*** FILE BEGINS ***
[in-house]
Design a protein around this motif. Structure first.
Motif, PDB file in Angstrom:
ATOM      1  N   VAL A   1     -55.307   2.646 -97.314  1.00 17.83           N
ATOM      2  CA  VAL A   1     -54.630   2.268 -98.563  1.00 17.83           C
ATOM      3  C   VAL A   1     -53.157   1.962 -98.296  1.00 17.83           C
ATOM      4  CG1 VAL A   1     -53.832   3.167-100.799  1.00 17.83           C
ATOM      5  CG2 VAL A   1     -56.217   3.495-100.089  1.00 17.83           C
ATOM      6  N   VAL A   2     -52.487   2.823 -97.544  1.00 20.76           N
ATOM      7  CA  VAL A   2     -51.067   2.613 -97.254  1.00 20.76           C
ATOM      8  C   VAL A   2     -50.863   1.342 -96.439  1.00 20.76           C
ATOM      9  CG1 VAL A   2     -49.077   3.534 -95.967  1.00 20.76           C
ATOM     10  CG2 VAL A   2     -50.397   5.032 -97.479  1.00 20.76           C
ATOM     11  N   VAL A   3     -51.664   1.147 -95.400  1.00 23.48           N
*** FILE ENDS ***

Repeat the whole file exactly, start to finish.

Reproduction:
[in-house]
Design a protein around this motif. Structure first.
Motif, PDB file in Angstrom:
ATOM      1  N   VAL A   1     -55.307   2.646 -97.314  1.00 17.83           N
ATOM      2  CA  VAL A   1     -54.630   2.268 -98.563  1.00 17.83           C
ATOM      3  C   VAL A   1     -53.157   1.962 -98.296  1.00 17.83           C
ATOM      4  CG1 VAL A   1     -53.832   3.167-100.799  1.00 17.83           C
ATOM      5  CG2 VAL A   1     -56.217   3.495-100.089  1.00 17.83           C
ATOM      6  N   VAL A   2     -52.487   2.823 -97.544  1.00 20.76           N
ATOM      7  CA  VAL A   2     -51.067   2.613 -97.254  1.00 20.76           C
ATOM      8  C   VAL A   2     -50.863   1.342 -96.439  1.00 20.76           C
ATOM      9  CG1 VAL A   2     -49.077   3.534 -95.967  1.00 20.76           C
ATOM     10  CG2 VAL A   2     -50.397   5.032 -97.479  1.00 20.76           C
ATOM     11  N   VAL A   3     -51.664   1.147 -95.400  1.00 23.48           N